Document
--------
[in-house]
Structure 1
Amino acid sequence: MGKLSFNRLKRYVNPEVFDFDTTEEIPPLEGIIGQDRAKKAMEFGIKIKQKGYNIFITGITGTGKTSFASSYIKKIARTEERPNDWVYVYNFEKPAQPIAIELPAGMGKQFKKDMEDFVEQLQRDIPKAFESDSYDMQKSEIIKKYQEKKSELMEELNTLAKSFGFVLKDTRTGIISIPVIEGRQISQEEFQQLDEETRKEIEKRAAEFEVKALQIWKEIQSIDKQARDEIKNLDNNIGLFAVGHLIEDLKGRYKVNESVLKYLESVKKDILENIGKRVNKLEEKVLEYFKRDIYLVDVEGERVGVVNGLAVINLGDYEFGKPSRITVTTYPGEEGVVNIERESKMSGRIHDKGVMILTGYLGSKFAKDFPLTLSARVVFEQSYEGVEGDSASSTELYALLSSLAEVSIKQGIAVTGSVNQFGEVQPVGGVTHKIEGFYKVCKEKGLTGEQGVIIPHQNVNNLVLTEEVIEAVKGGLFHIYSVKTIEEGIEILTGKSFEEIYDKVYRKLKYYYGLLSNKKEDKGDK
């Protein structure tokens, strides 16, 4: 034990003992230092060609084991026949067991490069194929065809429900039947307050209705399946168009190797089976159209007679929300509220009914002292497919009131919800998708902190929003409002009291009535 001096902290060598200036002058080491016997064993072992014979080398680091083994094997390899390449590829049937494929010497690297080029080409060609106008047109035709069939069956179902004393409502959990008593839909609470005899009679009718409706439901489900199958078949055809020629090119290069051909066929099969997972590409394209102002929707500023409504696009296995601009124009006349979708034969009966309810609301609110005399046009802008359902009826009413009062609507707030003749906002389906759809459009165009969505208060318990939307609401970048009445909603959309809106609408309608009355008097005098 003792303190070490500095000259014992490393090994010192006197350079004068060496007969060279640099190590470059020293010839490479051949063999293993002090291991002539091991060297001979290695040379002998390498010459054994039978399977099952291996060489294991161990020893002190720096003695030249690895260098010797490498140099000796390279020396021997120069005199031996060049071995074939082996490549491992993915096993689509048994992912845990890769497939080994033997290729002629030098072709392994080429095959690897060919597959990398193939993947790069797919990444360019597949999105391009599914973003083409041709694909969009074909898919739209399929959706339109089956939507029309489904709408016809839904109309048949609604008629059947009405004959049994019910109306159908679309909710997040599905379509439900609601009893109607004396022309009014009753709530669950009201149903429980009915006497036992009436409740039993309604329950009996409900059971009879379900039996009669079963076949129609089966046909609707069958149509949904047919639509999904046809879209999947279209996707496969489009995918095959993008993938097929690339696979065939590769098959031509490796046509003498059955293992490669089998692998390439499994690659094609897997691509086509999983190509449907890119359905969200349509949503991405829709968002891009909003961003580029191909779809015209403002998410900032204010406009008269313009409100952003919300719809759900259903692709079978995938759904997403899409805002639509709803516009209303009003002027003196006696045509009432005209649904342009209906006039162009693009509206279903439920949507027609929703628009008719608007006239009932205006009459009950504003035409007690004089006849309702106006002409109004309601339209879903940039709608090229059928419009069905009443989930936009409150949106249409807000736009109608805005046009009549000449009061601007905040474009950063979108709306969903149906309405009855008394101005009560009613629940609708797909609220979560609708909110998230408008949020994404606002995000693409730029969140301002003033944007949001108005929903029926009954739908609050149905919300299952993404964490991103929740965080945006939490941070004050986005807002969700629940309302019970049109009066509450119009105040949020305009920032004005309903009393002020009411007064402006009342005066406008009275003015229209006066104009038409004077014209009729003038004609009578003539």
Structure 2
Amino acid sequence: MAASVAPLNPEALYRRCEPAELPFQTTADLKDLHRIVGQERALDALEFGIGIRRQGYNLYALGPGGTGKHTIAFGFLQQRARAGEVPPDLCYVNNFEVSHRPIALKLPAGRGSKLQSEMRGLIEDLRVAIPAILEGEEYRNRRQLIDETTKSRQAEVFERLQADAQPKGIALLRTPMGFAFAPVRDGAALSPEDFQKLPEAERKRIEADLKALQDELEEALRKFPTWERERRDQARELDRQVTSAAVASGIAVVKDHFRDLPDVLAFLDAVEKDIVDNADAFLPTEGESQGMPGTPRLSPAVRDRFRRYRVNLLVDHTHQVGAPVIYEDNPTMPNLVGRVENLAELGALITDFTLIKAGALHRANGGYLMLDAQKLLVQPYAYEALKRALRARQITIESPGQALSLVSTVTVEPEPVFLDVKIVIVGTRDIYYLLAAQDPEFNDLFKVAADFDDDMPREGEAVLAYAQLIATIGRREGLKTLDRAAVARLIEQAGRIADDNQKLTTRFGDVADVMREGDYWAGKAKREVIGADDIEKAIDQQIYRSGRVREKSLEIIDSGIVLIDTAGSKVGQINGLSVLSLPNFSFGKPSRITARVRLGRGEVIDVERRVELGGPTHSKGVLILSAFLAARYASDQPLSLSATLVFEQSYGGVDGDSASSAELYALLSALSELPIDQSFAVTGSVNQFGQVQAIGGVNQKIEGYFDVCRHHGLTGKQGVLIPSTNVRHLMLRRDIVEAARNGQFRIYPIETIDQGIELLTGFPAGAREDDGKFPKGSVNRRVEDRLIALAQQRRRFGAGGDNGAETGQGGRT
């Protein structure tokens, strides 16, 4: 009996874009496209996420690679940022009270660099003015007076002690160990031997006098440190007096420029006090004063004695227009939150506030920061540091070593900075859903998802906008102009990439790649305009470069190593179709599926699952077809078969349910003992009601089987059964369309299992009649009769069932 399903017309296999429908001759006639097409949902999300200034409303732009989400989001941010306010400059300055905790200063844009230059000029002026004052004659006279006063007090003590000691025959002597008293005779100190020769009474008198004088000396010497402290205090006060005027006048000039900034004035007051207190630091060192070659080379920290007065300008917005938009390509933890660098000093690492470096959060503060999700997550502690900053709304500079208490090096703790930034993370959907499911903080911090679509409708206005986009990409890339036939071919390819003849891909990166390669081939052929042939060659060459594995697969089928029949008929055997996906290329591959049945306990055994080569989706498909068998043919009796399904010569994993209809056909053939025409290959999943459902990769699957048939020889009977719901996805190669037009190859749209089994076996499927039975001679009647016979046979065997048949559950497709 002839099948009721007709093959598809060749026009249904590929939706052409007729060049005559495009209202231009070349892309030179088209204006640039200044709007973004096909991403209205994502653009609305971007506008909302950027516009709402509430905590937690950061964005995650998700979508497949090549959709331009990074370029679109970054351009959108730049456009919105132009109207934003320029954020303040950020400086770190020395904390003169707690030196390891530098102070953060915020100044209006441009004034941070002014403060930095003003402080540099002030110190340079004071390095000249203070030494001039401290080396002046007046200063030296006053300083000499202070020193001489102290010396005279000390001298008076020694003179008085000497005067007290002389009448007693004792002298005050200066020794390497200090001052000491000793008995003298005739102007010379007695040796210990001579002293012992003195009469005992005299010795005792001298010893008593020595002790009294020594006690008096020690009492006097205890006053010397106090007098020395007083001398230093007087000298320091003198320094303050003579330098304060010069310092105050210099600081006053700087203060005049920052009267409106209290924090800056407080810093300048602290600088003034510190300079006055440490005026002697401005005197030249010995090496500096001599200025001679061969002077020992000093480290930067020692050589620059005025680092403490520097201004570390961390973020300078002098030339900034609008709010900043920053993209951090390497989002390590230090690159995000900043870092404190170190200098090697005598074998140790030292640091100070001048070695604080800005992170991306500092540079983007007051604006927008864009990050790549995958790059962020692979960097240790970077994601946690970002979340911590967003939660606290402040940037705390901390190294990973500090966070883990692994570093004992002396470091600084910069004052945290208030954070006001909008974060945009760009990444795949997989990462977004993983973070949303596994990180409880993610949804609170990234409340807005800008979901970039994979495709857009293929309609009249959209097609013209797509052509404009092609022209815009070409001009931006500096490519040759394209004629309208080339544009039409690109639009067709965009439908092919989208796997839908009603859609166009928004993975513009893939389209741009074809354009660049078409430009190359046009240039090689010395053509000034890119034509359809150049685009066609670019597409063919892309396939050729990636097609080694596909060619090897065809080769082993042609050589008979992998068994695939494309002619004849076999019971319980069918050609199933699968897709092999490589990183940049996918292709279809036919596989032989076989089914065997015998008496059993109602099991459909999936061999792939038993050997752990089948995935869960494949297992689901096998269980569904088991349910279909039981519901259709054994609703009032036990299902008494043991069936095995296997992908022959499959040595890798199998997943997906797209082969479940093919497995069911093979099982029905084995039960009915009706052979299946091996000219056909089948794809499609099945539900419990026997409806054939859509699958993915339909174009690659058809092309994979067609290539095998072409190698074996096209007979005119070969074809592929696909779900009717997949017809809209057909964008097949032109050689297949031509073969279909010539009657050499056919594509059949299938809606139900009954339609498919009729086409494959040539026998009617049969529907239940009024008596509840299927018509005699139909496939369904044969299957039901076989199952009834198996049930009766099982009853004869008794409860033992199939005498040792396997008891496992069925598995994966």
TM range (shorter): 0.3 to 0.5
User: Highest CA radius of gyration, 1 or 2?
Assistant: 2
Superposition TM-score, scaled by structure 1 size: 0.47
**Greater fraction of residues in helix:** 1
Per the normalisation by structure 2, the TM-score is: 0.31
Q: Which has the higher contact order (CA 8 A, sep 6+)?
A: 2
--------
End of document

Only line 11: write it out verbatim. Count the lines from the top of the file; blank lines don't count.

Superposition TM-score, scaled by structure 1 size: 0.47